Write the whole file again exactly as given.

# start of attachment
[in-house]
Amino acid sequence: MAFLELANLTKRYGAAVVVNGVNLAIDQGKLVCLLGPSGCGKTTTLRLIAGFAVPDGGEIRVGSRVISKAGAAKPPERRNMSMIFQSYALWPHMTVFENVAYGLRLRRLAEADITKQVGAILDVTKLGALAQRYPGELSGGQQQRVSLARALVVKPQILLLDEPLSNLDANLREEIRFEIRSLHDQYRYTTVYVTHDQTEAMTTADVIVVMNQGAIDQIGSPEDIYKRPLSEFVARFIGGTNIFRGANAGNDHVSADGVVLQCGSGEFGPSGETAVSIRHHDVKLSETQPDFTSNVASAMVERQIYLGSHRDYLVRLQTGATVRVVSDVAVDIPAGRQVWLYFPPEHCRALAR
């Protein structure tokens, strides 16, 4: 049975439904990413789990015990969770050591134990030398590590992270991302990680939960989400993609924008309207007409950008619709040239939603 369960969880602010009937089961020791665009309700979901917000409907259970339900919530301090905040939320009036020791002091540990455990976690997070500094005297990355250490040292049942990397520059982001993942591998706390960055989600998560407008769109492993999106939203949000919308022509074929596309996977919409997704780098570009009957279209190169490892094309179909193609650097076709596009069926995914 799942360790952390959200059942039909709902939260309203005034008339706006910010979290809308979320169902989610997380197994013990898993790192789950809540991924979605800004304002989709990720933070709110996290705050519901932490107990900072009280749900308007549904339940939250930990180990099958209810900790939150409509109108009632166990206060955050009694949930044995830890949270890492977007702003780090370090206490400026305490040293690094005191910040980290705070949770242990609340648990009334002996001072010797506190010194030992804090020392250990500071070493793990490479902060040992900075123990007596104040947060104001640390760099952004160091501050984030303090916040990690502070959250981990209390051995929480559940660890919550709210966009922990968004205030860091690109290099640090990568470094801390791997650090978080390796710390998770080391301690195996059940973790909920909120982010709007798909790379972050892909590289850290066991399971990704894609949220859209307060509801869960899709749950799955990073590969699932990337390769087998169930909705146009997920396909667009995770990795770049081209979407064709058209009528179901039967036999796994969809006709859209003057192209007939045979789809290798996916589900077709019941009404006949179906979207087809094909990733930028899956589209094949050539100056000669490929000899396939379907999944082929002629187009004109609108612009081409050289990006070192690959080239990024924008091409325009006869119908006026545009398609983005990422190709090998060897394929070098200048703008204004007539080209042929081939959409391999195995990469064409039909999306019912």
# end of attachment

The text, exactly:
[in-house]
Amino acid sequence: MAFLELANLTKRYGAAVVVNGVNLAIDQGKLVCLLGPSGCGKTTTLRLIAGFAVPDGGEIRVGSRVISKAGAAKPPERRNMSMIFQSYALWPHMTVFENVAYGLRLRRLAEADITKQVGAILDVTKLGALAQRYPGELSGGQQQRVSLARALVVKPQILLLDEPLSNLDANLREEIRFEIRSLHDQYRYTTVYVTHDQTEAMTTADVIVVMNQGAIDQIGSPEDIYKRPLSEFVARFIGGTNIFRGANAGNDHVSADGVVLQCGSGEFGPSGETAVSIRHHDVKLSETQPDFTSNVASAMVERQIYLGSHRDYLVRLQTGATVRVVSDVAVDIPAGRQVWLYFPPEHCRALAR
């Protein structure tokens, strides 16, 4: 049975439904990413789990015990969770050591134990030398590590992270991302990680939960989400993609924008309207007409950008619709040239939603 369960969880602010009937089961020791665009309700979901917000409907259970339900919530301090905040939320009036020791002091540990455990976690997070500094005297990355250490040292049942990397520059982001993942591998706390960055989600998560407008769109492993999106939203949000919308022509074929596309996977919409997704780098570009009957279209190169490892094309179909193609650097076709596009069926995914 799942360790952390959200059942039909709902939260309203005034008339706006910010979290809308979320169902989610997380197994013990898993790192789950809540991924979605800004304002989709990720933070709110996290705050519901932490107990900072009280749900308007549904339940939250930990180990099958209810900790939150409509109108009632166990206060955050009694949930044995830890949270890492977007702003780090370090206490400026305490040293690094005191910040980290705070949770242990609340648990009334002996001072010797506190010194030992804090020392250990500071070493793990490479902060040992900075123990007596104040947060104001640390760099952004160091501050984030303090916040990690502070959250981990209390051995929480559940660890919550709210966009922990968004205030860091690109290099640090990568470094801390791997650090978080390796710390998770080391301690195996059940973790909920909120982010709007798909790379972050892909590289850290066991399971990704894609949220859209307060509801869960899709749950799955990073590969699932990337390769087998169930909705146009997920396909667009995770990795770049081209979407064709058209009528179901039967036999796994969809006709859209003057192209007939045979789809290798996916589900077709019941009404006949179906979207087809094909990733930028899956589209094949050539100056000669490929000899396939379907999944082929002629187009004109609108612009081409050289990006070192690959080239990024924008091409325009006869119908006026545009398609983005990422190709090998060897394929070098200048703008204004007539080209042929081939959409391999195995990469064409039909999306019912």